Ruby Bridges Shares Experience Desegregating School In New Children's Book : Consider This from NPR Ruby Bridges was just six years old in 1960 when she became the first Black child to desegregate the all-white William Frantz Elementary School in New Orleans.

She was escorted by four federal marshals and greeted by a mob of angry white protesters.

Today, Bridges is a civil rights activist and author, and she is sharing her experience with a new generation of kids in her latest children's book, I Am Ruby Bridges.

Bridges tells her story through the eyes of her six-year-old self and talks about what today's children can learn from her experience.

In participating regions, you'll also hear a local news segment to help you make sense of what's going on in your community.

Email us at considerthis@npr.org.

After Making History As A Child, Ruby Bridges Shares Her Story With Today's Kids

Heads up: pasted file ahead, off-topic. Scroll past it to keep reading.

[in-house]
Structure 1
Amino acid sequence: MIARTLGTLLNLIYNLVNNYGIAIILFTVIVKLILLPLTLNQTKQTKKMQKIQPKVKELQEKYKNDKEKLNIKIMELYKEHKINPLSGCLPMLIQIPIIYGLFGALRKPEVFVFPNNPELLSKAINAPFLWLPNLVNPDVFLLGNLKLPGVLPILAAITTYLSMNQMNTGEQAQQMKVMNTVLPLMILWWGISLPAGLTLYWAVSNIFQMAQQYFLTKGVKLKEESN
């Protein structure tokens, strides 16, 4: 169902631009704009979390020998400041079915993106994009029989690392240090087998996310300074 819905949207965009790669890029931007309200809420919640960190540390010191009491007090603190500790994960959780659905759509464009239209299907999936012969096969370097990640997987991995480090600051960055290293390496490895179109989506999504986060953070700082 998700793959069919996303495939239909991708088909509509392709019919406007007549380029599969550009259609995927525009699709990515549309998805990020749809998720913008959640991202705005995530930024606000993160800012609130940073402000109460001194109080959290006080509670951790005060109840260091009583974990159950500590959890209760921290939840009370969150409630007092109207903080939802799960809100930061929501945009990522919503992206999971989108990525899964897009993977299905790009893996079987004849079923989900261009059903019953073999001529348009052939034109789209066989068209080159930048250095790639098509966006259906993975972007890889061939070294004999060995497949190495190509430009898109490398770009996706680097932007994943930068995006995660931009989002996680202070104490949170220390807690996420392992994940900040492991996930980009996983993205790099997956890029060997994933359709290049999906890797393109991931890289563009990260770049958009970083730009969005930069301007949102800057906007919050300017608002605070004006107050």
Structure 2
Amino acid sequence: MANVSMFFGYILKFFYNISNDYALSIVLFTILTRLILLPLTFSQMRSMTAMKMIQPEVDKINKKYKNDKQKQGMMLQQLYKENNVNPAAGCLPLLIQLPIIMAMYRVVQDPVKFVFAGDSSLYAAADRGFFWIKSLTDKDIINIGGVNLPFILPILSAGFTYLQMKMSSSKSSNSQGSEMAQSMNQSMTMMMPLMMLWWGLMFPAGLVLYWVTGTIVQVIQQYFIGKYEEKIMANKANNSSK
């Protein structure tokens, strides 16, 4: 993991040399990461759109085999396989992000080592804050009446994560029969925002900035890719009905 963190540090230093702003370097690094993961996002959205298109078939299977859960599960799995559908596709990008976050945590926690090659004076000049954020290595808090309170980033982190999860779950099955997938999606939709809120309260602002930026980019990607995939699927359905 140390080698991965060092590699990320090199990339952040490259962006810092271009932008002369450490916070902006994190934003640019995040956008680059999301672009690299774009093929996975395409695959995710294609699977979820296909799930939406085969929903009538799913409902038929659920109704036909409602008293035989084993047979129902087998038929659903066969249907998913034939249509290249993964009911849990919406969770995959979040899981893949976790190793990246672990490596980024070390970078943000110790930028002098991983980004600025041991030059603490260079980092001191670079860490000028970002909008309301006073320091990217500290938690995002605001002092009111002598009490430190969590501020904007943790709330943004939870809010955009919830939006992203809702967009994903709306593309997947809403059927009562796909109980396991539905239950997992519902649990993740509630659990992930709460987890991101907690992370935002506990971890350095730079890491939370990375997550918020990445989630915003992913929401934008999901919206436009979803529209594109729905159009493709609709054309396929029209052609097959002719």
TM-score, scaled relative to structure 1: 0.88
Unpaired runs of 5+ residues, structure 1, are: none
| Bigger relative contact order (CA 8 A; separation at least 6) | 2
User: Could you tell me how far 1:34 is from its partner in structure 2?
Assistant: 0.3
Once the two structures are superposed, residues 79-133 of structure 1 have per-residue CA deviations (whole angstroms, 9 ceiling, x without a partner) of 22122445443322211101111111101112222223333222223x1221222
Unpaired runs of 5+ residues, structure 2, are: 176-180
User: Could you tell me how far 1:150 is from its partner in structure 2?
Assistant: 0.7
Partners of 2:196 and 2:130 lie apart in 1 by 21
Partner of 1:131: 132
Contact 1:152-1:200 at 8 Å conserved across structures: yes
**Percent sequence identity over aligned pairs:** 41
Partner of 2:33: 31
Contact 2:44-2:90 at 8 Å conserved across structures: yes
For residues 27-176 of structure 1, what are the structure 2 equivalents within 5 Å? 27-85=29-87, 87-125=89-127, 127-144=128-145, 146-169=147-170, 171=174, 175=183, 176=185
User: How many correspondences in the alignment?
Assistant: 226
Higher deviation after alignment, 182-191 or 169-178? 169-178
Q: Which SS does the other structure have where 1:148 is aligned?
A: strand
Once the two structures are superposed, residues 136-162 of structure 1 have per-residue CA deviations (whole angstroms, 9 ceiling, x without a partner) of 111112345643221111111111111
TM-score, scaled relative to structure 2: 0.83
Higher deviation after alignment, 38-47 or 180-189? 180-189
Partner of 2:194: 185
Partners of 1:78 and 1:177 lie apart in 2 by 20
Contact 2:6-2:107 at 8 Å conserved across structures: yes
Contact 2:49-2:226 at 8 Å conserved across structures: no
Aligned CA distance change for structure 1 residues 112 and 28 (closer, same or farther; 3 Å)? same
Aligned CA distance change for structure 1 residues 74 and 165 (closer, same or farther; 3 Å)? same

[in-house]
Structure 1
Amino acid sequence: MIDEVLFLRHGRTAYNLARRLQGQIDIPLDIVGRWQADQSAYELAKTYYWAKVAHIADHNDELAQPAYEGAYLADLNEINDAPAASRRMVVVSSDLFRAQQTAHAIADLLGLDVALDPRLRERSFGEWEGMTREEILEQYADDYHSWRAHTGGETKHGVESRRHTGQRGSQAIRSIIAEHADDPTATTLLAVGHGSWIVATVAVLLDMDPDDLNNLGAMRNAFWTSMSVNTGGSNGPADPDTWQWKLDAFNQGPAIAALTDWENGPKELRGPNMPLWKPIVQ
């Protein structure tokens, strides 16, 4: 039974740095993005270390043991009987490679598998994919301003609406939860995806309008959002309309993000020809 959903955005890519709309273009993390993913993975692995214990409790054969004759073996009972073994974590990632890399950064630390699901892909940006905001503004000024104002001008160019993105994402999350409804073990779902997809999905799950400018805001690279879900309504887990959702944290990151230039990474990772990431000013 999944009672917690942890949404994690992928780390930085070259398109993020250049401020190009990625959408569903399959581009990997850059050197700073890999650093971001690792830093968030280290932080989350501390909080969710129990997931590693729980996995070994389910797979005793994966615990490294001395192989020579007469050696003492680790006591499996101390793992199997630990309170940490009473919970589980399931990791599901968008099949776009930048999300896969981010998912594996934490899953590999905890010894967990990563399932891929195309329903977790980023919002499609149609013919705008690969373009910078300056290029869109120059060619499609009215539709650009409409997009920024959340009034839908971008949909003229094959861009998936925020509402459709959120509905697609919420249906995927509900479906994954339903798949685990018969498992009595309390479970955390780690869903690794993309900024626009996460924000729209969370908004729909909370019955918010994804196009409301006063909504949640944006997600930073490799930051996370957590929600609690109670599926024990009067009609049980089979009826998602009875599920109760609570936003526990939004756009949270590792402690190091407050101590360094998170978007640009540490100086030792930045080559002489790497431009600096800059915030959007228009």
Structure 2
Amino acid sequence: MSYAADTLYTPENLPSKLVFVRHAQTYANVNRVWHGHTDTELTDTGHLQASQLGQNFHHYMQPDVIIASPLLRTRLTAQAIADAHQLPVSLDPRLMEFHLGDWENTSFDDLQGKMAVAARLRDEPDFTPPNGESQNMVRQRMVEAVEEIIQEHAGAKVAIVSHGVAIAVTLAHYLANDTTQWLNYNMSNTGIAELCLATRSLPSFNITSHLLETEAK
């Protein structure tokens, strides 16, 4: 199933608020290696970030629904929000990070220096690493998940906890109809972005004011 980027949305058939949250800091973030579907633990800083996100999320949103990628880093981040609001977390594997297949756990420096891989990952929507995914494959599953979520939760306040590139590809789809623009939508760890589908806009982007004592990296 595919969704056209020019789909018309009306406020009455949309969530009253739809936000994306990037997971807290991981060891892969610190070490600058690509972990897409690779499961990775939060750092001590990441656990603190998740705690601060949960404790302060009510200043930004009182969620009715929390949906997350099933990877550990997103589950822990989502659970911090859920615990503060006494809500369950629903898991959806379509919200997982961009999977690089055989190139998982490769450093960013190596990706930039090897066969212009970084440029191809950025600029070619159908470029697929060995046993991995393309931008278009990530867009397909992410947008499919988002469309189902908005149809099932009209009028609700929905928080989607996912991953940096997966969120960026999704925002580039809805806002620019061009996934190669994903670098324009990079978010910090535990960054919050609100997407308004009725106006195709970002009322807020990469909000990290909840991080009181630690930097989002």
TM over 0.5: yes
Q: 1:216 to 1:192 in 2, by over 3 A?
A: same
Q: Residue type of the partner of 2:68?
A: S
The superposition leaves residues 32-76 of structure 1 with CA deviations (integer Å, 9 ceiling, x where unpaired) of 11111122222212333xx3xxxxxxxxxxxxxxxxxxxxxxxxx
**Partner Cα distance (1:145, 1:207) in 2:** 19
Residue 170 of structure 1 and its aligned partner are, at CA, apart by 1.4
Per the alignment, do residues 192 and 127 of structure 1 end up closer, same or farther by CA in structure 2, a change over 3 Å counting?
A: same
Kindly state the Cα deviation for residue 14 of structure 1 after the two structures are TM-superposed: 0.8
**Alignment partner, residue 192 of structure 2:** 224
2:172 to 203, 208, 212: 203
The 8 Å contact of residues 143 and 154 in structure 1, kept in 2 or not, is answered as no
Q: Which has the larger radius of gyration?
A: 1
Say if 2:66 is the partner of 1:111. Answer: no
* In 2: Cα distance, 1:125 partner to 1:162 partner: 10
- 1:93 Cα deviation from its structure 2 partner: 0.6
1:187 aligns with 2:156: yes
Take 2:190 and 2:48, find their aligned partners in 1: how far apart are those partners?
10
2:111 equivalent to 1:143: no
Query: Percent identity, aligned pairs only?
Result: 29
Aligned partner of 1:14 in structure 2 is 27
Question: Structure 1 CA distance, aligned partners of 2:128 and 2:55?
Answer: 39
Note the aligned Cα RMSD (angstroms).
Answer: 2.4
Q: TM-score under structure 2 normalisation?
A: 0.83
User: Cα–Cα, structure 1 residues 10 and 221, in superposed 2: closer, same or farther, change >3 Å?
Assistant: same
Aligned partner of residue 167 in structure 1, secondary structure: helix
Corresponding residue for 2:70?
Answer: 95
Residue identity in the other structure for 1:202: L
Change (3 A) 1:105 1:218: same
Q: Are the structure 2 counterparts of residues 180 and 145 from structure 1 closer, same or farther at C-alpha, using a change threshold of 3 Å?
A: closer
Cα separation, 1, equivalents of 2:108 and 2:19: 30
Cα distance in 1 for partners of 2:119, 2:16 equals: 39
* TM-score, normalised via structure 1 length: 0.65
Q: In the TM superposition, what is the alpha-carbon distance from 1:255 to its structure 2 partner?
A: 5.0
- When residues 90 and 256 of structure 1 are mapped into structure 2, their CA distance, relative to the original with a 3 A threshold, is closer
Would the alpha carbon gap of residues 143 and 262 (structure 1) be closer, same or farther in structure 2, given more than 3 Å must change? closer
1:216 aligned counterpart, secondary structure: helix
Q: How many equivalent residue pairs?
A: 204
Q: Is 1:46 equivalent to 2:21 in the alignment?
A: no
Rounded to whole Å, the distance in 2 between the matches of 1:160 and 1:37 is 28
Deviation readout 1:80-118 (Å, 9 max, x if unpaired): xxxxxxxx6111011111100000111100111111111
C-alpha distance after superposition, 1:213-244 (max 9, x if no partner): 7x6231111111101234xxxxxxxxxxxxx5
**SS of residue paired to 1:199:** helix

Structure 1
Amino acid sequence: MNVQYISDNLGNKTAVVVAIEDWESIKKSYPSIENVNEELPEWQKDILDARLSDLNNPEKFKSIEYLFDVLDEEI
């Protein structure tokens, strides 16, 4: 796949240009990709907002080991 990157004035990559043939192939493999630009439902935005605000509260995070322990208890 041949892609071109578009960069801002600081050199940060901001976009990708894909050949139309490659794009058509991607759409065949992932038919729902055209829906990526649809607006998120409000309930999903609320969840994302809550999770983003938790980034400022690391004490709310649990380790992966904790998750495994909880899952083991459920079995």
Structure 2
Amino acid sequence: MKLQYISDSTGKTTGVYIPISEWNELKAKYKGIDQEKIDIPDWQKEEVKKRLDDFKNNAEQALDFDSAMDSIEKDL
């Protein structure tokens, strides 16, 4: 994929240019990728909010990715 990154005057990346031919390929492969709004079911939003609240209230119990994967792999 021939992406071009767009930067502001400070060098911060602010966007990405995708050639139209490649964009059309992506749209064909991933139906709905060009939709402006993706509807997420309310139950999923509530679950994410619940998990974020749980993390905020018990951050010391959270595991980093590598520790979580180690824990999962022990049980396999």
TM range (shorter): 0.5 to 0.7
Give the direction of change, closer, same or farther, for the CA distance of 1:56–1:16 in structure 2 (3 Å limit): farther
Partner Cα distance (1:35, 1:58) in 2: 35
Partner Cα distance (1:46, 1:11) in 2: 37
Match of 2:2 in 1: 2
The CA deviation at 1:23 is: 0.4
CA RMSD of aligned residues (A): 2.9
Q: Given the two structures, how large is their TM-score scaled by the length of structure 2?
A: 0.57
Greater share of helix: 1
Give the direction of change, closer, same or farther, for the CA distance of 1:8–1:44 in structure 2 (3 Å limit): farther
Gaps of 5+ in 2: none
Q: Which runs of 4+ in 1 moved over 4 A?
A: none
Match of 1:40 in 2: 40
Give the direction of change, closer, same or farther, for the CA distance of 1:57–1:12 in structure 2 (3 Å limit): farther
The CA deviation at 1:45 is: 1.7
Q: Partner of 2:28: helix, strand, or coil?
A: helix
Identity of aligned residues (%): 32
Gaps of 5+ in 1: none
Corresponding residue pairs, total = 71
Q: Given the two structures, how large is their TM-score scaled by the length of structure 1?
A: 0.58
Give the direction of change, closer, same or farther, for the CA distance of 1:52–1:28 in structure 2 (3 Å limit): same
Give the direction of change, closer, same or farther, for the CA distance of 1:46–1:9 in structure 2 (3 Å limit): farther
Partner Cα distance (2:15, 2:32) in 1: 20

After Making History As A Child, Ruby Bridges Shares Her Story With Today's Kids

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In November 1960, Ruby Bridges became the first Black child to desegregate the all-white William Frantz Elementary School in New Orleans. The six-year-old was escorted by four U.S. marshals. Uncredited/AP hide caption

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Uncredited/AP

In November 1960, Ruby Bridges became the first Black child to desegregate the all-white William Frantz Elementary School in New Orleans. The six-year-old was escorted by four U.S. marshals.

Uncredited/AP

Ruby Bridges was just six years old in 1960 when she became the first Black child to desegregate the all-white William Frantz Elementary School in New Orleans.

She was escorted by four federal marshals and greeted by a mob of angry white protesters.

Today, Bridges is a civil rights activist and author, and she is sharing her experience with a new generation of kids in her latest children's book, I Am Ruby Bridges.

Bridges tells her story through the eyes of her six-year-old self and talks about what today's children can learn from her experience.

In participating regions, you'll also hear a local news segment to help you make sense of what's going on in your community.

Email us at considerthis@npr.org.

This episode was produced by Elena Burnett. It was edited by Bridget Kelley and Mallory Yu. Our executive producer is Sami Yenigun.